Friday, December 19, 2014

Marplot


Look, pa, I got a bone
to bury with you. I dug

your grave all day just to do it
well. I practiced. Like you

taught me. With bruises
on my lips I sang elegy.

I remembered you that time
we all went to Christmas

tree shopping together.
I had isopropyl breath,

but yours stank like hearse.
Momma got mugged

by that hoodie fellow
that night. In ma’s head

she keeps getting mugged.
Glad you made her feel

something if not better.
We took the tree home

on the train. The cadets
and bachelorettes admired

its pine needles. You were on
something, onto something:

they wanted the sticky of sap,
they didn’t care nothing

if we got lost or trapped.
We found exits. Were you sure

we should take all of them
at once? I think it’s best

if you leave now. I think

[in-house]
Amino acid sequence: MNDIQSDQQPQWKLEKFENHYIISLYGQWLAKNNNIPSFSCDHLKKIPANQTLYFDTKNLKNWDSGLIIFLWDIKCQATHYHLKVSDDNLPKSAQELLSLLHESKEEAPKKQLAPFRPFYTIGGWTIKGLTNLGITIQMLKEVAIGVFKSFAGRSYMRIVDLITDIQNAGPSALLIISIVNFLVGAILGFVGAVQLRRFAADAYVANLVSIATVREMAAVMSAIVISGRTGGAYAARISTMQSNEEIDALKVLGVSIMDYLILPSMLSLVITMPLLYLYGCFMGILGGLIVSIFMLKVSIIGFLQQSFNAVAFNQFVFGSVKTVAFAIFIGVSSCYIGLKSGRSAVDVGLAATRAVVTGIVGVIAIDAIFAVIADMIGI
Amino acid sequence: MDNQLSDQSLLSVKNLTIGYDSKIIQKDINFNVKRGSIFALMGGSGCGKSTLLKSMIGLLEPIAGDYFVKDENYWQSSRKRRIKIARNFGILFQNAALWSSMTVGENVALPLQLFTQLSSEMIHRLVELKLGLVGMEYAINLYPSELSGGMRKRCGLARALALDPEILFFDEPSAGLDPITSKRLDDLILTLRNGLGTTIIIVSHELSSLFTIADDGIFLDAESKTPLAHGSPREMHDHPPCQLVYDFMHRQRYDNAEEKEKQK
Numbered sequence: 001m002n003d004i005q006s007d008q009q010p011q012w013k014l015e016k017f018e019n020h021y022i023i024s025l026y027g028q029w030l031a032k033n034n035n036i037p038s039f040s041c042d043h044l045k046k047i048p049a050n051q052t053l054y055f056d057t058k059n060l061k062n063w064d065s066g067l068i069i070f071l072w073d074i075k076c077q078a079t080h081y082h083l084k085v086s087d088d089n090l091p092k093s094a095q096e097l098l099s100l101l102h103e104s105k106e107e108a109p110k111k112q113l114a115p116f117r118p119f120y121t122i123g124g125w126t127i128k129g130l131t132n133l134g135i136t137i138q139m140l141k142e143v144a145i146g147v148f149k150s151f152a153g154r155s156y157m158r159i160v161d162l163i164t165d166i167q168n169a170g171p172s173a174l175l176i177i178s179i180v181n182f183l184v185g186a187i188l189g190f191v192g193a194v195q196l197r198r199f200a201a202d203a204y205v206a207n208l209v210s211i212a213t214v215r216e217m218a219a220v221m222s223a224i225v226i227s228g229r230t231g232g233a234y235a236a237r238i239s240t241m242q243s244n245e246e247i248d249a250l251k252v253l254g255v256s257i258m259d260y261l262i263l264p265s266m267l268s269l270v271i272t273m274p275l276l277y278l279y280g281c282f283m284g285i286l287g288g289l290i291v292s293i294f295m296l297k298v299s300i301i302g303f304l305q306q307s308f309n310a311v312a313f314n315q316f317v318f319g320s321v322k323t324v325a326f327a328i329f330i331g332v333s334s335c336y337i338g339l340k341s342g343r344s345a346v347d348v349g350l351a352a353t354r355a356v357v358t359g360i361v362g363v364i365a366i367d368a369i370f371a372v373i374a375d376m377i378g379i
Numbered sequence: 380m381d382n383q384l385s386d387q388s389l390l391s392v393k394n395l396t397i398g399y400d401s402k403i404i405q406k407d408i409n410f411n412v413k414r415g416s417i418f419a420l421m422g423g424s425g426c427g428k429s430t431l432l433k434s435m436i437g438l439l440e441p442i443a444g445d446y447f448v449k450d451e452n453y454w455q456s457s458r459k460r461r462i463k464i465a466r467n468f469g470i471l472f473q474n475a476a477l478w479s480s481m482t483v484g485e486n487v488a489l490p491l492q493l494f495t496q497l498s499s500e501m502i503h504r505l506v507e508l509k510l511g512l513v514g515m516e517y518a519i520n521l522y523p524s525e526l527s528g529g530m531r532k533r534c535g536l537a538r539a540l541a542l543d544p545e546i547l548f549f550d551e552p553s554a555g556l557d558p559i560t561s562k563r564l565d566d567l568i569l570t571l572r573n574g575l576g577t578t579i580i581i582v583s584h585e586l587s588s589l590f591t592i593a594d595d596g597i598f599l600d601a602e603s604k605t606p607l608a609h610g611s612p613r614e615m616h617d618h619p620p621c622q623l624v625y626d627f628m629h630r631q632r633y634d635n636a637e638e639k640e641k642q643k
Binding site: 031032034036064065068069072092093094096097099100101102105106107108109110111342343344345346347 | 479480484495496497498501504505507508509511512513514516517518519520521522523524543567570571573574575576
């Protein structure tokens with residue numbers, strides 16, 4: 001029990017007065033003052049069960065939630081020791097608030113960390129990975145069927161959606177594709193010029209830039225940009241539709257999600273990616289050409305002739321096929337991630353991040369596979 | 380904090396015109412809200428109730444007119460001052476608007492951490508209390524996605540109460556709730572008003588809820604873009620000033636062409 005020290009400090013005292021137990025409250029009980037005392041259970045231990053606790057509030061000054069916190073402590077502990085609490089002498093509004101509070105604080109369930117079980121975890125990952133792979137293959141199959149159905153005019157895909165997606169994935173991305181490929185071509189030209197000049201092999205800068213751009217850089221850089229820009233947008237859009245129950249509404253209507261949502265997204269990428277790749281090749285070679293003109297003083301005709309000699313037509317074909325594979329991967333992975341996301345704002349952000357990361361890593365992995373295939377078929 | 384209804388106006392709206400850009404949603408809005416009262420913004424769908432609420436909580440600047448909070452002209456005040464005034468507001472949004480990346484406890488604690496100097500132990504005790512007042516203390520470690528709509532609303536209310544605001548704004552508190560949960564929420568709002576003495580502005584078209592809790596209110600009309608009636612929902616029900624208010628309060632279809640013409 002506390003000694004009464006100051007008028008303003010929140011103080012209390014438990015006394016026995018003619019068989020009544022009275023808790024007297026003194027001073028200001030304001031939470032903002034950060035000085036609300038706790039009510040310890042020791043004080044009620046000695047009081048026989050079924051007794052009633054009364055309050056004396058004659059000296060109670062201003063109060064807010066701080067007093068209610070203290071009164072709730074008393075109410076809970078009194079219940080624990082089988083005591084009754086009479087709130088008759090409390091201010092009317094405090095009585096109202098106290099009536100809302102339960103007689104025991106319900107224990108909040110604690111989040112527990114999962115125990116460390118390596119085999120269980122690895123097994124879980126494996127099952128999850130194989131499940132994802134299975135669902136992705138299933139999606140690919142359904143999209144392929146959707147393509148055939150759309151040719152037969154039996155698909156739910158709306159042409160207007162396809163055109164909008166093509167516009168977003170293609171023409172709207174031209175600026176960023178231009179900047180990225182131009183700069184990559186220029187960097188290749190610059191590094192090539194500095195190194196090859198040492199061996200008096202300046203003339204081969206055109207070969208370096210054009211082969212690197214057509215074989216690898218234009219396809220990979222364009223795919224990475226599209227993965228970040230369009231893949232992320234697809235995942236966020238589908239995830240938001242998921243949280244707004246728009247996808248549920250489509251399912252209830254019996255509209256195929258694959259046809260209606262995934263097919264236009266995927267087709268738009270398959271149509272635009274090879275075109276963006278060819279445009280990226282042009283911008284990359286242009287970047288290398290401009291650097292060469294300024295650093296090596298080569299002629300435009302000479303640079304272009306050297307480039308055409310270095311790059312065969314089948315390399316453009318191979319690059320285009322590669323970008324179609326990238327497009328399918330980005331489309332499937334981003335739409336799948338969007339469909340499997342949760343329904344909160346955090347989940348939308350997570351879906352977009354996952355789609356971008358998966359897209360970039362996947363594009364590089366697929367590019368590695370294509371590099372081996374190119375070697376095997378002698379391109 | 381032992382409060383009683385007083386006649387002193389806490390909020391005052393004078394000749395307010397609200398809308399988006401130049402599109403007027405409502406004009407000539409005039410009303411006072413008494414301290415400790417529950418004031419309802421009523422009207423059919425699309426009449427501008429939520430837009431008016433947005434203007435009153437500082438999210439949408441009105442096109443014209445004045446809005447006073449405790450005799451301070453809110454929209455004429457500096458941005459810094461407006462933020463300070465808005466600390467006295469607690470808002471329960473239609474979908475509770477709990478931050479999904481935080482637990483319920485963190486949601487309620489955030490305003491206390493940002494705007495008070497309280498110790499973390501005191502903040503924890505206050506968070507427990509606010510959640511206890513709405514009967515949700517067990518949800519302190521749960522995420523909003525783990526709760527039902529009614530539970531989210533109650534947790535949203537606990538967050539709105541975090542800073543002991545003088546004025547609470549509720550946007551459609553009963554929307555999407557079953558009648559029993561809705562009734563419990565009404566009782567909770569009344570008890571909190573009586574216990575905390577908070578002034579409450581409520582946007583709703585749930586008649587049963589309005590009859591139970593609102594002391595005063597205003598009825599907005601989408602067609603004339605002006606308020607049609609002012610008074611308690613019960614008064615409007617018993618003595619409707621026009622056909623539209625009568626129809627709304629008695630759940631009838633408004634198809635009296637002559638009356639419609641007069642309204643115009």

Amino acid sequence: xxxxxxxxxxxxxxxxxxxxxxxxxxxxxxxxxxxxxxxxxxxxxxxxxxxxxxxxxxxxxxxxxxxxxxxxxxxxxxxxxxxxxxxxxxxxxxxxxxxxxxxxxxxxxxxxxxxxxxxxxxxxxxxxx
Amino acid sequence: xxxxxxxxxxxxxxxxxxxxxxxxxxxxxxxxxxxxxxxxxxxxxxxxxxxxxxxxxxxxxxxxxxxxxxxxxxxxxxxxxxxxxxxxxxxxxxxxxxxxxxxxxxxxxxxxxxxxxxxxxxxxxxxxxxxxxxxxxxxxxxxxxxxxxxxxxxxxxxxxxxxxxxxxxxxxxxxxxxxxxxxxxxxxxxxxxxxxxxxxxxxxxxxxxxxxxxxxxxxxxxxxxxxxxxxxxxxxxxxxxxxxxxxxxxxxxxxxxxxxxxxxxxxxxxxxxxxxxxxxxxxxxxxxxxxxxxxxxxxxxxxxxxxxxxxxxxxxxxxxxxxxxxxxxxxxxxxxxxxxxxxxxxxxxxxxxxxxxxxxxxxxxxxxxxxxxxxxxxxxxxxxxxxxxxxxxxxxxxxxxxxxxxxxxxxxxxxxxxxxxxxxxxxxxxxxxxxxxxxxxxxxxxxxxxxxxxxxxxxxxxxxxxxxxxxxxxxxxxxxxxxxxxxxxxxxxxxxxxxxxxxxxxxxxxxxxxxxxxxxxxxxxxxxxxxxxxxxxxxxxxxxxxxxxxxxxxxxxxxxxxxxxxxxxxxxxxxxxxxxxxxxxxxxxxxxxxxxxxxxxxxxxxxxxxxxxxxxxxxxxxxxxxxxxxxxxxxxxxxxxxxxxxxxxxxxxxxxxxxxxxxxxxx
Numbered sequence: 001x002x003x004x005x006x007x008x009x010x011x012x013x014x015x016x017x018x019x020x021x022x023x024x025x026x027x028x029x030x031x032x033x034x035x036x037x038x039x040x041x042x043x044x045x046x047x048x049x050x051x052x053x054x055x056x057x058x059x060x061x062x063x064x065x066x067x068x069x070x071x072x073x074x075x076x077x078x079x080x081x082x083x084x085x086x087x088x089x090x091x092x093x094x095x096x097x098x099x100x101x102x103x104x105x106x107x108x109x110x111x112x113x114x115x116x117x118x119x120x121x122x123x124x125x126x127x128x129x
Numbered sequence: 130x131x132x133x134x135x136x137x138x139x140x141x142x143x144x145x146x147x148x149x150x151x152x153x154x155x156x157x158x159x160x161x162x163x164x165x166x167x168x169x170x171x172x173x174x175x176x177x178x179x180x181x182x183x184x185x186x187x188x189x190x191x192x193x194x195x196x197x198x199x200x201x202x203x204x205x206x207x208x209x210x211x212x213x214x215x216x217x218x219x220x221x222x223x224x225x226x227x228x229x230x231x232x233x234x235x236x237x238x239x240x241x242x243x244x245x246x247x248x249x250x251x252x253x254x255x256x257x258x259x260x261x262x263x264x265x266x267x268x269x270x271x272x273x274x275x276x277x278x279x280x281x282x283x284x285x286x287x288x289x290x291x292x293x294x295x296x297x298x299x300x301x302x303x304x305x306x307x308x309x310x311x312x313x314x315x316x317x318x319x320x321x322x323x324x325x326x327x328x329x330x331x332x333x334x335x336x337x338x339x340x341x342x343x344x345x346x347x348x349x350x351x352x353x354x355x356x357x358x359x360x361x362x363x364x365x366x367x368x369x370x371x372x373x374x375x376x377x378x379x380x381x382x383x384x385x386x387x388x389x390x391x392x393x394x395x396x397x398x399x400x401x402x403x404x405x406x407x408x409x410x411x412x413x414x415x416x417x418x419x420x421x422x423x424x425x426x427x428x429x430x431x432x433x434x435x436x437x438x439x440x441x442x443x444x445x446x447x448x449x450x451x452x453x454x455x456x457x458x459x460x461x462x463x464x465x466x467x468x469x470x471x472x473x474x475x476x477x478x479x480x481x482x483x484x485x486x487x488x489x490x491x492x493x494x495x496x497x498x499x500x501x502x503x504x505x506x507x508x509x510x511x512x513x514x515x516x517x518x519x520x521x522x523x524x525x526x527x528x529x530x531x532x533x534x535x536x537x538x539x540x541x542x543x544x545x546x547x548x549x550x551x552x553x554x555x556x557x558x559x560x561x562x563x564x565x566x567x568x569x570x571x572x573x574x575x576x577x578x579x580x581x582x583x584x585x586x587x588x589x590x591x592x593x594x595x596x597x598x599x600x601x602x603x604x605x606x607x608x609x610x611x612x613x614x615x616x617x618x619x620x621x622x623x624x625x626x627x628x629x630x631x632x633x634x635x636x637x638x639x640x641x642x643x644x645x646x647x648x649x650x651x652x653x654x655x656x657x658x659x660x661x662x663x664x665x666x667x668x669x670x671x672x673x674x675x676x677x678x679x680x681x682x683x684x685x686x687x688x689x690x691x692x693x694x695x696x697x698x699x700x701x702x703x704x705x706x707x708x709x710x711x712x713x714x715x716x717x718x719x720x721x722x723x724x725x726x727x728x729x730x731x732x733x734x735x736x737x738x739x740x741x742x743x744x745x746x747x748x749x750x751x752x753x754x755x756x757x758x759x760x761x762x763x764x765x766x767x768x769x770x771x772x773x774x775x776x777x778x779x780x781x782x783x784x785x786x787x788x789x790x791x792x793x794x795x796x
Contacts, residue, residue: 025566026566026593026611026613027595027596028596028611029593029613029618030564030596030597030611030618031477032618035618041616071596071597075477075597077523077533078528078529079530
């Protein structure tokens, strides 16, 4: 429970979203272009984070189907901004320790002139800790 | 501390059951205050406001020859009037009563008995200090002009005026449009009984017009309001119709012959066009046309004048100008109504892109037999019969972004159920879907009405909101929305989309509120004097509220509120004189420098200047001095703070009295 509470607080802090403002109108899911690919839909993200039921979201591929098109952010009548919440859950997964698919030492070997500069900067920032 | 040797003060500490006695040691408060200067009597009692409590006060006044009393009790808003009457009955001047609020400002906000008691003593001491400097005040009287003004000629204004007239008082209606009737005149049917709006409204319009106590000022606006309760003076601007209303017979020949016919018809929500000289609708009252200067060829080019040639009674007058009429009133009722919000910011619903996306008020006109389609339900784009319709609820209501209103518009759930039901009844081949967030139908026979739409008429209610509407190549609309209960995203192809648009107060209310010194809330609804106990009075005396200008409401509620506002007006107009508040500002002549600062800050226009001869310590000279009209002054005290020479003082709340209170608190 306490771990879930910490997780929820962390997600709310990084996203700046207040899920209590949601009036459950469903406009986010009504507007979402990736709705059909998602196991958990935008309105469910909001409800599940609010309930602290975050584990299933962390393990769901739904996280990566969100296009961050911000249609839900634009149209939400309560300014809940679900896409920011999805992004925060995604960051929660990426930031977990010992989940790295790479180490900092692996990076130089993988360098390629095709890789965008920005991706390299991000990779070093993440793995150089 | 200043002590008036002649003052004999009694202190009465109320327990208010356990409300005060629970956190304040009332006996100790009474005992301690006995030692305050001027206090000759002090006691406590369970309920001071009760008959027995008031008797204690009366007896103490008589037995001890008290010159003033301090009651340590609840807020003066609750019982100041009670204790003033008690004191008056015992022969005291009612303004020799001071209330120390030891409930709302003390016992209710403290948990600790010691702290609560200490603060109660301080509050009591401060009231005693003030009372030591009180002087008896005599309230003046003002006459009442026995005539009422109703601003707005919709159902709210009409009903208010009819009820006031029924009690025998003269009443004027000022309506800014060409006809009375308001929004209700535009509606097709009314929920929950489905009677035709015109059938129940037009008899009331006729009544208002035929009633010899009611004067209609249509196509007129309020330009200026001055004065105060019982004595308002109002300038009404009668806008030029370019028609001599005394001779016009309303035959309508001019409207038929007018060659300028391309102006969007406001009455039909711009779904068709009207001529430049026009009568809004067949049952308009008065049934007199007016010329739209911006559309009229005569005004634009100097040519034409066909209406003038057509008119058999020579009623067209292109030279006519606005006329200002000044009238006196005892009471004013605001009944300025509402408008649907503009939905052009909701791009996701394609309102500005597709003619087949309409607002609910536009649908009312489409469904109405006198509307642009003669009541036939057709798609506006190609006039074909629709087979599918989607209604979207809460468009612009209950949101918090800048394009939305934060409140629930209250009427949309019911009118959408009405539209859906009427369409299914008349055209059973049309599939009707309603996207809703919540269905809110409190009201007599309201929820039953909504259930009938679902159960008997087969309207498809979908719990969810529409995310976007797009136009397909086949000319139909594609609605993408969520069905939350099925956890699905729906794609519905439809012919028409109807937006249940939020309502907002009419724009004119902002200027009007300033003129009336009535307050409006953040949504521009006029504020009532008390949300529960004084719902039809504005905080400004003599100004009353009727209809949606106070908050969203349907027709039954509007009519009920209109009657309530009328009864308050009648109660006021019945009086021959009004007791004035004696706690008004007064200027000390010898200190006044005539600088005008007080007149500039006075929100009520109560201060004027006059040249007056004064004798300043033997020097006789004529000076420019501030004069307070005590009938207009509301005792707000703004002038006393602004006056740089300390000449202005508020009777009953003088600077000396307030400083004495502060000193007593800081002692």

it’ll be easier to get this

over with. I’ve got a shovel,
I can save you the trouble

of saving yourself. Lord
knows neither of us

would last very long
sitting canned on a shelf.


— Peter Burzynski


Peter Burzynski is a second-year PhD student in Creative Writing-Poetry at the University of Wisconsin-Milwaukee. He holds a B.A. from the University of Wisconsin-Madison, a M.F.A. in Poetry from The New School University, and a M.A. in Polish Literature from Columbia University. 

In between his studies, Peter has worked as a Sous-Chef in New York City and Milwaukee. His poetry has appeared in The Best American Poetry Blog, Yes Poetry, Thrush Poetry Review, Your Impossible Voice, The Unrorean, BORT Quarterly, Hobo Pancakes,The Great Lakes Review, Kritya, Bar None Group, Zombie Logic Review, Souvenir Lit Journal, White Stag Journal, and Fuck Poems Anthology. He has poems forthcoming from RHINO, Prick of the Spindle, The Mackinac, The Portland Review, and Forklift Ohio.

Marplot is the second of four Peter Burzynski poems that the Bar None Group will feature over the course of four months — poems that touch on Christmas, winter and, in the eyes of this reader, the debauchery that is Mardi Gras in New Orleans. We first met Peter at the 2011 Academy of American Poets Awards Ceremony in New York City where he shared with us his poem, Cemetery.